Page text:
Saturday, February 1, 2014

Twilight of the Gun at Western Trail Blazers #NewRelease #anthology

       Twilight of the Gun
Troy Smith

by Troy D. Smith
Since Robin and I took over Western Trail Blazer on January 1st, we wanted to start this new phase of WTB by letting readers know who and what we are. So we started with a nice, big anthology that includes work from many of our regular authors — Twilight of the Gun. Many of the stories in it are tales that we have previously released as shorts; hopefully fans of the individual writers will find it, and discover other authors who are new to them that they like.

Why Twilight of the Gun? To be honest, just because it sounds cool. But there is, of course, a certain elegiac element to the traditional western, the feel that things are changing and the frontier is in the process of receding from the moment it is discovered.
Here are the stories and writers included:

  • This Old Star   by  Wayne Dundee 
  • Blackwell’s Run   by  Troy D. Smith
  • The Keepers of Camelot   by  Cheryl Pierson
    Lee Aaron Wilson
  • A Fire in Brimstone   by  Tom Rizzo 
  • Sharpshooter   by  Kit Prate 
  • Trail’s End   by  Les Williams
  • The Downfall of Ross Dent   by Lee  Aaron Wilson  
  • West of Dancing Rock   by  John D. Nesbitt    
  • Morning Shadow   by  Frank Roderus 
  • The Prodigal   by  Chuck Tyrell
  • Tucker’s Homecoming   by  Kevin Crisp 
  • Angel and the Cowboy   by  Celia Yeary                   

Some of these stories have made a huge impact. This Old Star won the Peacemaker Award, and both Blackwell’s Run and The Keepers of Camelot were Peacemaker nominees. Sharpshooter and Angel and the Cowboy have been two of the best-selling books in WTB’s history. And the others are great, as well.

Some of the authors have agreed to say a few words about their stories, and about WTB:

Kit Prate: Sharpshooter is part of a projected series, a trilogy covering 1841 to 1941; about a pioneering Arizona family who struggles to hold on to their land — part of a vast Spanish land grant that came to the patriarch of the clan through a fortuitous marriage.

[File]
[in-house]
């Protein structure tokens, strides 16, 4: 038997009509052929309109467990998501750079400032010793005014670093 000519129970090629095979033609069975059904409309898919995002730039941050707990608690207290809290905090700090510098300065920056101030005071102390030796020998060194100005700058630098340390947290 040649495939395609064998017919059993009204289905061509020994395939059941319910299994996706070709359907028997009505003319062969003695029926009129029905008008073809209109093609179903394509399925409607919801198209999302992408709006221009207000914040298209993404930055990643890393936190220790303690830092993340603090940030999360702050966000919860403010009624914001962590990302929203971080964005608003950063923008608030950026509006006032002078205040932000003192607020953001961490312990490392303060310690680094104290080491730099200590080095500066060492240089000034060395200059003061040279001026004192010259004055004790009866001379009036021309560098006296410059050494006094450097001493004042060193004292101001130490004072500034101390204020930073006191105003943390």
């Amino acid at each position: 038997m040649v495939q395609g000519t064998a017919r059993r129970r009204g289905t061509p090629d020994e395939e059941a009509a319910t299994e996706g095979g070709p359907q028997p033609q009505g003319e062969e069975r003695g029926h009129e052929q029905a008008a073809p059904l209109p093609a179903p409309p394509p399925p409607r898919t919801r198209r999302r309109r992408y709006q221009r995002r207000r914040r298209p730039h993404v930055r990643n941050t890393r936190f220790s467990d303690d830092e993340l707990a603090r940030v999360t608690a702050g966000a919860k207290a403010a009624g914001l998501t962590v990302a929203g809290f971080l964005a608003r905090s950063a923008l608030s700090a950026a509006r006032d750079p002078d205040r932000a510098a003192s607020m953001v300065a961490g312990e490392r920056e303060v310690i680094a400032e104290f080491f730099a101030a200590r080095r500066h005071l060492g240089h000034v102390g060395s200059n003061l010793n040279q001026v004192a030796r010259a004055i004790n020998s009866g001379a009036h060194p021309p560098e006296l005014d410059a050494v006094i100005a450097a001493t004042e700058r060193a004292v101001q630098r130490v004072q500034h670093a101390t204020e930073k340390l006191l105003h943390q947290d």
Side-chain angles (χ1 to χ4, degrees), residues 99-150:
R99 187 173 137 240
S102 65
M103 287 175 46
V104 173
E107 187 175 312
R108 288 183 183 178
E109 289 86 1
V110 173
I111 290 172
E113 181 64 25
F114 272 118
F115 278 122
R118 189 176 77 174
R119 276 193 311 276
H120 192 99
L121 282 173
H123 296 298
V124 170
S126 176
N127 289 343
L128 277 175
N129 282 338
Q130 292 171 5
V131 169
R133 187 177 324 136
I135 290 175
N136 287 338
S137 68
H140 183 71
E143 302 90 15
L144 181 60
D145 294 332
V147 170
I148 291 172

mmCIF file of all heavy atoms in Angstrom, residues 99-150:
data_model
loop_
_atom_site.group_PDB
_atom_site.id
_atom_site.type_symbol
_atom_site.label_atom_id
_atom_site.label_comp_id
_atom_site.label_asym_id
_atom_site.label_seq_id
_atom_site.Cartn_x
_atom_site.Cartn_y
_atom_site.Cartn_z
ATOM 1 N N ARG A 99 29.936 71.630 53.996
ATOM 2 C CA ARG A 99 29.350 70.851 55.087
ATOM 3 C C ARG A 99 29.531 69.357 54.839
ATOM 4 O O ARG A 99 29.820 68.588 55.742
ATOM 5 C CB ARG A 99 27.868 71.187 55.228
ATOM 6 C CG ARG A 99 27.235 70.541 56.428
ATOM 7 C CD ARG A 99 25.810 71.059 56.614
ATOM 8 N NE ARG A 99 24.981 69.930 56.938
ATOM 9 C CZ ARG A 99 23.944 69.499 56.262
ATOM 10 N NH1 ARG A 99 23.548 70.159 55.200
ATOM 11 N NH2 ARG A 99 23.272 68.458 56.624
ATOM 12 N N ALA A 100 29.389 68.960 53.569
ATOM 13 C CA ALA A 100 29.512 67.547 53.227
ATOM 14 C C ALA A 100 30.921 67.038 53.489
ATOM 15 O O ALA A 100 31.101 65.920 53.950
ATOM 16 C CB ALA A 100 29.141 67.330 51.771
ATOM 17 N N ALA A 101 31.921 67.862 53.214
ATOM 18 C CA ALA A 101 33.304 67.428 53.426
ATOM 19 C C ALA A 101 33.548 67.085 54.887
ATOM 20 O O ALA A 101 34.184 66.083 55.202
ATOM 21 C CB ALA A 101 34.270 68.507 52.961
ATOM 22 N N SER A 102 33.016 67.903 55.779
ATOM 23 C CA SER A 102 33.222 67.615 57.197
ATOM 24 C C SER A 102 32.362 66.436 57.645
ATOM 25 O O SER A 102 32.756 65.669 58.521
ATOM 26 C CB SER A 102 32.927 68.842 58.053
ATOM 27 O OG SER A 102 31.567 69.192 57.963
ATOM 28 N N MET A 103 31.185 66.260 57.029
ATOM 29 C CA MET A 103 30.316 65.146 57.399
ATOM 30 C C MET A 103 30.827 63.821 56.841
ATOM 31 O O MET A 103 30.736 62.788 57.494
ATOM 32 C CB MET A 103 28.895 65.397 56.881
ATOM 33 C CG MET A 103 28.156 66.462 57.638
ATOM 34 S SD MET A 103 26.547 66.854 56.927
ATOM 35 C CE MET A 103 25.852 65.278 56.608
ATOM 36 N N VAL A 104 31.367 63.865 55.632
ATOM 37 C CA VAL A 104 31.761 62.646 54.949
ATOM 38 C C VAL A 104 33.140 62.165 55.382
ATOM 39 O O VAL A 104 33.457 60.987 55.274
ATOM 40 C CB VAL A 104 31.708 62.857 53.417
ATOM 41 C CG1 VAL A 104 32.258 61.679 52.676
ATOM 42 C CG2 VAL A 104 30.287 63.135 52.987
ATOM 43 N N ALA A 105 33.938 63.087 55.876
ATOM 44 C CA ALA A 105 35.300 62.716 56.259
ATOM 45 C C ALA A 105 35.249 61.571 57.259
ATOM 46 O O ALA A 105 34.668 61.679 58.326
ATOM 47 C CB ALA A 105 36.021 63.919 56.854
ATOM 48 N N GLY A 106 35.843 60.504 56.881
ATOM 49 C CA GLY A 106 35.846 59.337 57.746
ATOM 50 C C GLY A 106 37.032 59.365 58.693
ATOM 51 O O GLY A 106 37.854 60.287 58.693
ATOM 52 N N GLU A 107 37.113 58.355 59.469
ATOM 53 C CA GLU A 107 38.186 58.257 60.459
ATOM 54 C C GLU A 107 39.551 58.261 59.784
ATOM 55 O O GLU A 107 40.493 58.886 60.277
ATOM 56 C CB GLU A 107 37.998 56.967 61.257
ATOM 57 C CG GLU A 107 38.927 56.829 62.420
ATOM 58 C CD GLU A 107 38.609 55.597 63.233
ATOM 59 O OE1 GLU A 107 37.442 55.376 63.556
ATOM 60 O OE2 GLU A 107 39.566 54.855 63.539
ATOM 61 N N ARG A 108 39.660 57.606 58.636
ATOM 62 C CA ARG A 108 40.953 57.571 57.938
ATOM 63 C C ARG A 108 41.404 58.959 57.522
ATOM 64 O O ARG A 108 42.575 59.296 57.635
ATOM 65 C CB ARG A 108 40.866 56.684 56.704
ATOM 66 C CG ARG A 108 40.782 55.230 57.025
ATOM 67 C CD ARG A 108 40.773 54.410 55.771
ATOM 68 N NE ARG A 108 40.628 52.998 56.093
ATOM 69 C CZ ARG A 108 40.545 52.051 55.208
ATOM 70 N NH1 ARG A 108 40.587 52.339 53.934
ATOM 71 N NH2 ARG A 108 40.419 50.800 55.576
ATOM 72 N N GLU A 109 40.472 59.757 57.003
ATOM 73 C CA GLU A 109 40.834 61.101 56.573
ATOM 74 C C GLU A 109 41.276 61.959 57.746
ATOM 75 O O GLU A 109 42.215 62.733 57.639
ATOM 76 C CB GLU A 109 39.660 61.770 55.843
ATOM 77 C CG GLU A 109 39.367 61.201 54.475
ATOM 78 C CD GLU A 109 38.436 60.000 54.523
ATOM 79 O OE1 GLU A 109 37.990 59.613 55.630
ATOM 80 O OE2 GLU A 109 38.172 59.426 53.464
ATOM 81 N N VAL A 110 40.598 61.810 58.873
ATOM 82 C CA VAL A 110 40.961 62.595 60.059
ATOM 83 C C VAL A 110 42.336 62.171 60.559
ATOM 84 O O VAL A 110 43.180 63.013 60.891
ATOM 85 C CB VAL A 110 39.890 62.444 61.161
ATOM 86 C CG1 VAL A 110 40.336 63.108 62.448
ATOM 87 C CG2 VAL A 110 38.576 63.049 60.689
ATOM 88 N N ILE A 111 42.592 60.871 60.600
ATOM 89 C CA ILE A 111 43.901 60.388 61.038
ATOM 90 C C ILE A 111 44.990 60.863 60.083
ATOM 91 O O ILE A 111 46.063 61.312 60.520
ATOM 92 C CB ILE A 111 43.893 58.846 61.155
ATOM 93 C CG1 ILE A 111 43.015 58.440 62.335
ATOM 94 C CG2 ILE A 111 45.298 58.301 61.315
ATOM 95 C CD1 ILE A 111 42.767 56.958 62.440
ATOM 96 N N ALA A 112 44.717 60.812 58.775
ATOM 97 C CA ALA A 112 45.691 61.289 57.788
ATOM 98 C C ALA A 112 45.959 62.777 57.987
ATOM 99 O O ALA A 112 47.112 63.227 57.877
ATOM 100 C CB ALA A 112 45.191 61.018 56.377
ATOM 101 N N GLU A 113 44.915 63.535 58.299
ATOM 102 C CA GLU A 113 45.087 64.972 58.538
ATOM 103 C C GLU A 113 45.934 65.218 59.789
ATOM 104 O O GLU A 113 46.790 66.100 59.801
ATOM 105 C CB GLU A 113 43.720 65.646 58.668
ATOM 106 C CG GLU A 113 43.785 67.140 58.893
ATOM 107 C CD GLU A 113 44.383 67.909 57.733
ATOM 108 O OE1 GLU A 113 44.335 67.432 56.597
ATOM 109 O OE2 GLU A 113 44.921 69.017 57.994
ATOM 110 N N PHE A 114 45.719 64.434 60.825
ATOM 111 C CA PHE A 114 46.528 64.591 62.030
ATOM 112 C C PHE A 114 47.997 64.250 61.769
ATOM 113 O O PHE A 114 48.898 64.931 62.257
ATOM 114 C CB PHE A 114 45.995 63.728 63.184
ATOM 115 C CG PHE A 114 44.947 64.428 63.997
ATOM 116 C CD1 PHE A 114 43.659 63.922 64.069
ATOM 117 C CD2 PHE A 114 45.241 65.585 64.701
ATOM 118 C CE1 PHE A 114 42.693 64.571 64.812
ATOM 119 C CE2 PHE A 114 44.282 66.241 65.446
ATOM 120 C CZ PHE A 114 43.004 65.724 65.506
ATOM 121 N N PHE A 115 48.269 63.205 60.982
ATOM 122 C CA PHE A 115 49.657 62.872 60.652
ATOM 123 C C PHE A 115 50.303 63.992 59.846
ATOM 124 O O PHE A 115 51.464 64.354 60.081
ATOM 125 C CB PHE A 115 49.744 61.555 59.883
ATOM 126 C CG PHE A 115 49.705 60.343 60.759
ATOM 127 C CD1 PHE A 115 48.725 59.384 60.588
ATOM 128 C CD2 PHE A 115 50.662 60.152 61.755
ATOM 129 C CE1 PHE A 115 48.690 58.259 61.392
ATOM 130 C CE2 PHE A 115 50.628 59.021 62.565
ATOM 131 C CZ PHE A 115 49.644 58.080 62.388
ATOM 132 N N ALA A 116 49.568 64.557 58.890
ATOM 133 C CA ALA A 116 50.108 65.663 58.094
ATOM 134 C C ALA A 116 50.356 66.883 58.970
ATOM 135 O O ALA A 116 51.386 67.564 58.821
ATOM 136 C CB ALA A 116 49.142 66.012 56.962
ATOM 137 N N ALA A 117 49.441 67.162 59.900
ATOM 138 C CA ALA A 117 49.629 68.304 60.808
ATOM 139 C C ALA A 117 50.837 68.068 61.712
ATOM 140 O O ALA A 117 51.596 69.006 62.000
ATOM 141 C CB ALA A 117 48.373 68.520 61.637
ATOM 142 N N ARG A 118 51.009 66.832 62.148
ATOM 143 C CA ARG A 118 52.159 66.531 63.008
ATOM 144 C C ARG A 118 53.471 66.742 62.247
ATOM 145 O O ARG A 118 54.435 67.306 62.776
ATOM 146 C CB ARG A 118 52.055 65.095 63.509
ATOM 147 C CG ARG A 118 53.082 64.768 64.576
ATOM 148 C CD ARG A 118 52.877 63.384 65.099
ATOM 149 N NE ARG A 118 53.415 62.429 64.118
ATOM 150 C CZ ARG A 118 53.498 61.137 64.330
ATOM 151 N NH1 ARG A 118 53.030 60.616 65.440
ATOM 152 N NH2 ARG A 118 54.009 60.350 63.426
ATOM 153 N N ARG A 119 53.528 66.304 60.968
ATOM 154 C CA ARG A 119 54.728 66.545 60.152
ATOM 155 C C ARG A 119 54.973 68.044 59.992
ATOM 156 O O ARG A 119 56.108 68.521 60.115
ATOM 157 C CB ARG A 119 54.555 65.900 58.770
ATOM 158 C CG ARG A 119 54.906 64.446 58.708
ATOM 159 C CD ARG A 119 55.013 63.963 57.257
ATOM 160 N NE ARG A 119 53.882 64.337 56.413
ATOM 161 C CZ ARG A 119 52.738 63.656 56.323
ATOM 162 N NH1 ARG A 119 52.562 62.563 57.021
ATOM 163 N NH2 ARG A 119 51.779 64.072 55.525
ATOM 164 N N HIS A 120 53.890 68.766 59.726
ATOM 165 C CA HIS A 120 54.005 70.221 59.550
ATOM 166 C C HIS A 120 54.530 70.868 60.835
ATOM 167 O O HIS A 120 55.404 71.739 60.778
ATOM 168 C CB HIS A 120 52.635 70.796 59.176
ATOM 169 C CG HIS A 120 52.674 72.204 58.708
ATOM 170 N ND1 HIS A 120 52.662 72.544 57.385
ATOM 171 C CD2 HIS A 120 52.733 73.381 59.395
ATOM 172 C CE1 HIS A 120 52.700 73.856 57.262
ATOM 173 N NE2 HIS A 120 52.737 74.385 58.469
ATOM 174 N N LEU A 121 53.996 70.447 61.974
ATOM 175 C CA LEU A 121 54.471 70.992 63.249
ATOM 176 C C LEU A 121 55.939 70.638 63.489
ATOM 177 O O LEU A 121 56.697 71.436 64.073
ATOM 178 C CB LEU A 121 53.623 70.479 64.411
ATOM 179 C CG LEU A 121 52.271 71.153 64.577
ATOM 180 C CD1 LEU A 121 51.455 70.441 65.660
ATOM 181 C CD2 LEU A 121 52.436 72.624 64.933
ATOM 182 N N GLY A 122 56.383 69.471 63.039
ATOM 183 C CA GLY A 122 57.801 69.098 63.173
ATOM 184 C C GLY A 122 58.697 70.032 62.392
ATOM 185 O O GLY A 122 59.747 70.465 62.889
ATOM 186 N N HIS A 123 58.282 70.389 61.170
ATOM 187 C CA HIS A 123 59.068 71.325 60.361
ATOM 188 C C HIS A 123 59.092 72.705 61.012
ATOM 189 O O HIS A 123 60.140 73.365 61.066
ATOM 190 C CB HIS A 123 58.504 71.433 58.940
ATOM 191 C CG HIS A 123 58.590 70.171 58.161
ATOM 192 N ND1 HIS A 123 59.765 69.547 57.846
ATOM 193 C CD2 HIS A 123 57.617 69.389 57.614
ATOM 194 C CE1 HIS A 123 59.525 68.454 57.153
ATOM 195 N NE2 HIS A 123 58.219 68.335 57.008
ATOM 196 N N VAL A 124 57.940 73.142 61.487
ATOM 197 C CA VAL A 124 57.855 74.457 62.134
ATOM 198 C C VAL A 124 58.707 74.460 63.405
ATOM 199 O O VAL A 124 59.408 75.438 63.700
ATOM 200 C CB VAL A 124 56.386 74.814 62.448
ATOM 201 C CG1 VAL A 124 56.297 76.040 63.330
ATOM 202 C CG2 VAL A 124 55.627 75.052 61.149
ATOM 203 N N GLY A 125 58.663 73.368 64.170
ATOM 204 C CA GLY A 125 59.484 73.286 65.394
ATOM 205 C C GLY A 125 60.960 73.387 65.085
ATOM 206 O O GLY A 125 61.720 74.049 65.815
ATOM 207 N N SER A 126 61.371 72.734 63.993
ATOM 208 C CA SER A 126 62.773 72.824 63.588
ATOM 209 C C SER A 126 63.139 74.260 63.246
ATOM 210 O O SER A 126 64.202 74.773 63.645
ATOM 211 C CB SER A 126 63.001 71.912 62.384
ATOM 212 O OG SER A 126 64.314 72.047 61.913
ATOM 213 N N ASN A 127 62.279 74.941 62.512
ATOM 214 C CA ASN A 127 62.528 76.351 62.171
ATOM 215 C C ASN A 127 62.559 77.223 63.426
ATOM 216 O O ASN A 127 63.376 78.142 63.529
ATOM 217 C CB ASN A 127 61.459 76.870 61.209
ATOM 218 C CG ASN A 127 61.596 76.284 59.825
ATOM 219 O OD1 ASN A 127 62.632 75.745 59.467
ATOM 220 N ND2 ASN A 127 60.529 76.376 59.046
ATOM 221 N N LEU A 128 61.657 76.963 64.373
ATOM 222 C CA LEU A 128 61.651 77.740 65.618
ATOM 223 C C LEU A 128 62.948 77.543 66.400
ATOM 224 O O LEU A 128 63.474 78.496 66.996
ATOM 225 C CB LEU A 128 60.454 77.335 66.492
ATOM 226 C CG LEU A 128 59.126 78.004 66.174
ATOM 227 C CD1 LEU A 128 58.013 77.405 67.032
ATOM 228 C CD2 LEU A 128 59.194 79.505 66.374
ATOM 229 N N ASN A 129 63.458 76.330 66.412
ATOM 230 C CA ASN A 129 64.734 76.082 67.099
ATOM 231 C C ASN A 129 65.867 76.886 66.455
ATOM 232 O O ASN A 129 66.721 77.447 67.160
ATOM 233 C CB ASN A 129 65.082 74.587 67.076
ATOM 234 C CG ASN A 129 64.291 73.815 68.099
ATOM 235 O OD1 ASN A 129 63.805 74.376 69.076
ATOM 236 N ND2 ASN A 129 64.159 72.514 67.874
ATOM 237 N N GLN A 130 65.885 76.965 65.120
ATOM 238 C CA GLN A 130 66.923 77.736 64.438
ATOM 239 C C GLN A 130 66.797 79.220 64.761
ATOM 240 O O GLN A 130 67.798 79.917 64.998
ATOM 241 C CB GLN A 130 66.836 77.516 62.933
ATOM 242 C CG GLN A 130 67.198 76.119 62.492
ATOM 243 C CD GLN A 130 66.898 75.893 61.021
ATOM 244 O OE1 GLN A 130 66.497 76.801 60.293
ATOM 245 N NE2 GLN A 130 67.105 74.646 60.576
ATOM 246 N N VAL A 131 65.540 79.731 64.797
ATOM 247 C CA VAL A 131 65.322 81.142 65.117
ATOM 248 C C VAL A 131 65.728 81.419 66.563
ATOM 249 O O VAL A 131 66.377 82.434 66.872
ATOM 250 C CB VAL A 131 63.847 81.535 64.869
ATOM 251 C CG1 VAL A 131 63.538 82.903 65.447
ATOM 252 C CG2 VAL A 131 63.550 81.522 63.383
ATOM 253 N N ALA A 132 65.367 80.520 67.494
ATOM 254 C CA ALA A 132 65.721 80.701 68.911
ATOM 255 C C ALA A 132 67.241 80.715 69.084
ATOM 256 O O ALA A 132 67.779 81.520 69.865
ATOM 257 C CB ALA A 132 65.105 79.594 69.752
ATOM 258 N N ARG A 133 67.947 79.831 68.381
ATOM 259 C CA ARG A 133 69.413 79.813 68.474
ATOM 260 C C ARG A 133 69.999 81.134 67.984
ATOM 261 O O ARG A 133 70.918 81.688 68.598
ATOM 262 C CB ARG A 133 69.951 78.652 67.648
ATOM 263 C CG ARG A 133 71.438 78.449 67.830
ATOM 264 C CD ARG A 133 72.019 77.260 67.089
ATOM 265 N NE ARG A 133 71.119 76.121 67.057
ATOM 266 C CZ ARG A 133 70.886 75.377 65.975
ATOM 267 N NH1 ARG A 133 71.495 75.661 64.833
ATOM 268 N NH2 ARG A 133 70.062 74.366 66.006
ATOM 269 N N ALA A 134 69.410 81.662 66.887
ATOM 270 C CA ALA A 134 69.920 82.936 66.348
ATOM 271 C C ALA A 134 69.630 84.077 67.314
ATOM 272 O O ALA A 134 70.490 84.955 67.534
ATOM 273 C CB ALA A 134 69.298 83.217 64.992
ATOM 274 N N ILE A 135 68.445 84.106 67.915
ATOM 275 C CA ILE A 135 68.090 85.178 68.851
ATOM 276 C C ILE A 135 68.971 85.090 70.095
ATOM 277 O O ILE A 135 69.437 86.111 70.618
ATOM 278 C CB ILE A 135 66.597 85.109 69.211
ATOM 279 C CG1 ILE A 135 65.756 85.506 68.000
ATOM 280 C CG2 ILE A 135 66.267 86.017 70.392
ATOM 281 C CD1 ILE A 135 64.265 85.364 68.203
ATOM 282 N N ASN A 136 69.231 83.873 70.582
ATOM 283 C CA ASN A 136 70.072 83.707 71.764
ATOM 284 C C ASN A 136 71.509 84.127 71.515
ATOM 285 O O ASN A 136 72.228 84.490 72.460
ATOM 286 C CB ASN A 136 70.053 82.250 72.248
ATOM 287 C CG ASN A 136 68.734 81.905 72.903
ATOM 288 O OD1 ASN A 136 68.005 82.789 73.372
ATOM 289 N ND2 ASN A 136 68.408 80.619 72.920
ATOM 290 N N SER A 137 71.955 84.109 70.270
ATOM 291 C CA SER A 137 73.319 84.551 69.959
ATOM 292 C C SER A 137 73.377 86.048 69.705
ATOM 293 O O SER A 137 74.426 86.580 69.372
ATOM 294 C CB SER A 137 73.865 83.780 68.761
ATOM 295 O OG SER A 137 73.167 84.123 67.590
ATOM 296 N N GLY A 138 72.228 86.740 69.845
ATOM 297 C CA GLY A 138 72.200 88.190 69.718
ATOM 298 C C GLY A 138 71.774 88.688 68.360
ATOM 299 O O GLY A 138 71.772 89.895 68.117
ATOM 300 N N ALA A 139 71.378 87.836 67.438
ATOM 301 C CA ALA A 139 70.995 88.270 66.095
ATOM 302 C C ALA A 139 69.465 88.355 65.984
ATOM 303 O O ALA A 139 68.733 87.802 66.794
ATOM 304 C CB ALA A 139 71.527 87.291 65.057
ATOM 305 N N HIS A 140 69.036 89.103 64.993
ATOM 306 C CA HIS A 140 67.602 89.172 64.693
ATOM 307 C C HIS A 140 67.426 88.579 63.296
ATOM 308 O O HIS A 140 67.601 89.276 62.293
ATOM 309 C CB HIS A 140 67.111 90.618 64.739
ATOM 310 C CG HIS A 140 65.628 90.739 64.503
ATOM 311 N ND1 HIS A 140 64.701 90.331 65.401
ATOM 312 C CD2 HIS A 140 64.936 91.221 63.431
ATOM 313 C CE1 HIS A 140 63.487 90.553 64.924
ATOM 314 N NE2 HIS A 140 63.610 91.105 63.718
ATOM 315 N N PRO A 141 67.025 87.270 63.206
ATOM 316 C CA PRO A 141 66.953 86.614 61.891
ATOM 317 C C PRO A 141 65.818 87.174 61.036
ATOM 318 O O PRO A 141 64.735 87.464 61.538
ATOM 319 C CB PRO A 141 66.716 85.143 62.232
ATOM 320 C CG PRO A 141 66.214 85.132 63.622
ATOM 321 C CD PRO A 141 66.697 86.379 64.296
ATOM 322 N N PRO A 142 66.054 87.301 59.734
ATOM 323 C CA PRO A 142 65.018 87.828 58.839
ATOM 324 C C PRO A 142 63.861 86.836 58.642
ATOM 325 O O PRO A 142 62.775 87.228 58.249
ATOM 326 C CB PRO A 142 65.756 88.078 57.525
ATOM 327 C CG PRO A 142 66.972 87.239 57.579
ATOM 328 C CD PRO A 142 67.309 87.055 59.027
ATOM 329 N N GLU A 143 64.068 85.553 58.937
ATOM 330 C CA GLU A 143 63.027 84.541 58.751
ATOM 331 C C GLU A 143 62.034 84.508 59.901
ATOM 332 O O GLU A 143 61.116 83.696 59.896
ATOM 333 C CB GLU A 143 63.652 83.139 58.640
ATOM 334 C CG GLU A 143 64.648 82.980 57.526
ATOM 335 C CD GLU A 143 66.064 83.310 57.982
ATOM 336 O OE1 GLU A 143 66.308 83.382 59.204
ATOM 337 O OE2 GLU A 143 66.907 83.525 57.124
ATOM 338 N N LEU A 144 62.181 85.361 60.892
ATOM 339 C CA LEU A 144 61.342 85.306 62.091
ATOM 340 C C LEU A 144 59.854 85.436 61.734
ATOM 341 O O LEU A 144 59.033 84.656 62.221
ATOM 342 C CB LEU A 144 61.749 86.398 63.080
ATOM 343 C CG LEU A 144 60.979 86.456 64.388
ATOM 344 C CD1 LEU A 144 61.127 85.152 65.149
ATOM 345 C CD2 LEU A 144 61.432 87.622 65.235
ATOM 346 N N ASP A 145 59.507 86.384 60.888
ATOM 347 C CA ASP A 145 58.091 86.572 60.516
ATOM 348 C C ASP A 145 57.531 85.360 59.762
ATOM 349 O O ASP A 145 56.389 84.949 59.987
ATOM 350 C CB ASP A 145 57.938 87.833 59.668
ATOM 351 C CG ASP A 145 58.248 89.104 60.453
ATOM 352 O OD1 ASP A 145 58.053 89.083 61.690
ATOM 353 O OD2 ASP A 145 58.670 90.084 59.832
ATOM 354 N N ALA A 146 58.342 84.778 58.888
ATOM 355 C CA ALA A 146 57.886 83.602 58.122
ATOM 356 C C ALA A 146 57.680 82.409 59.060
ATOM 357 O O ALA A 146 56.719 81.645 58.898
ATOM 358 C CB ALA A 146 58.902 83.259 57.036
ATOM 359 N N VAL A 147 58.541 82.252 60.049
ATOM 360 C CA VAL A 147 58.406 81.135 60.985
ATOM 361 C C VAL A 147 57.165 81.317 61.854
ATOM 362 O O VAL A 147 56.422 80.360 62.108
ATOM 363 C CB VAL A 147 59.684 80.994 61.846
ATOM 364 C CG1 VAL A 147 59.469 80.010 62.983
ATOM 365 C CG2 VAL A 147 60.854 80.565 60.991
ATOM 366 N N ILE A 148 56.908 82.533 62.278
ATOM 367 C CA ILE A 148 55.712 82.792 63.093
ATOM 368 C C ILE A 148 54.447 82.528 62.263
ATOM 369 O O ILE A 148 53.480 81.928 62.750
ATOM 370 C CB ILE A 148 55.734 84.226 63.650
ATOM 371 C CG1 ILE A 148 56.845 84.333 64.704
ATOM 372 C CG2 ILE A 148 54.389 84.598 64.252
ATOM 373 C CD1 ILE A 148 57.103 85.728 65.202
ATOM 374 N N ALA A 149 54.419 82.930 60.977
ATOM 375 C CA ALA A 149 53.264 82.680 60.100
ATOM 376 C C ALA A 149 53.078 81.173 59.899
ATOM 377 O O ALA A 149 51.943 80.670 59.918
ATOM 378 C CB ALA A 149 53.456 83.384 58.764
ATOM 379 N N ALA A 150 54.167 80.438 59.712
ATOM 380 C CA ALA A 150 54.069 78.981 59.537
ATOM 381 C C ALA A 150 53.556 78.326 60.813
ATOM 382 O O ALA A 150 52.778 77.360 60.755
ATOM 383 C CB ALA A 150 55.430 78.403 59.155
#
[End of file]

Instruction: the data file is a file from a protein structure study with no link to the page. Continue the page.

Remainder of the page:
As often happens when you are fleshing out a story you find yourself intrigued with creating a past and a future for a particular character who seems entirely real.

That's how it was with Clete Benteen.  Where did this boy come from before he assumed the role as the Terril's family Segundo; what was his beginning and how did he end up at Trebol? And is he strong enough to remain?

Les Williams
Les Williams: In 2011, Western Trail Blazer published my first Lance Kelly story Unwanted Reputation. I was surprised that the sales of this story exceeded my two previous westerns. Rebecca said someone had told her they thought the reason was the main character, Lance Kelly, reminded readers of Matt Dillon from Gunsmoke. Rebecca suggested I write another story featuring Marshal Kelly of Freeman, Nebraska. I had an idea of Calvin Hawk , the protagonist from my first published WTB story Under Nebraska Skies, making an appearance in another western. Out of that came the story Trail’s End. I’ve since gone on to write a third story about this frontier lawman.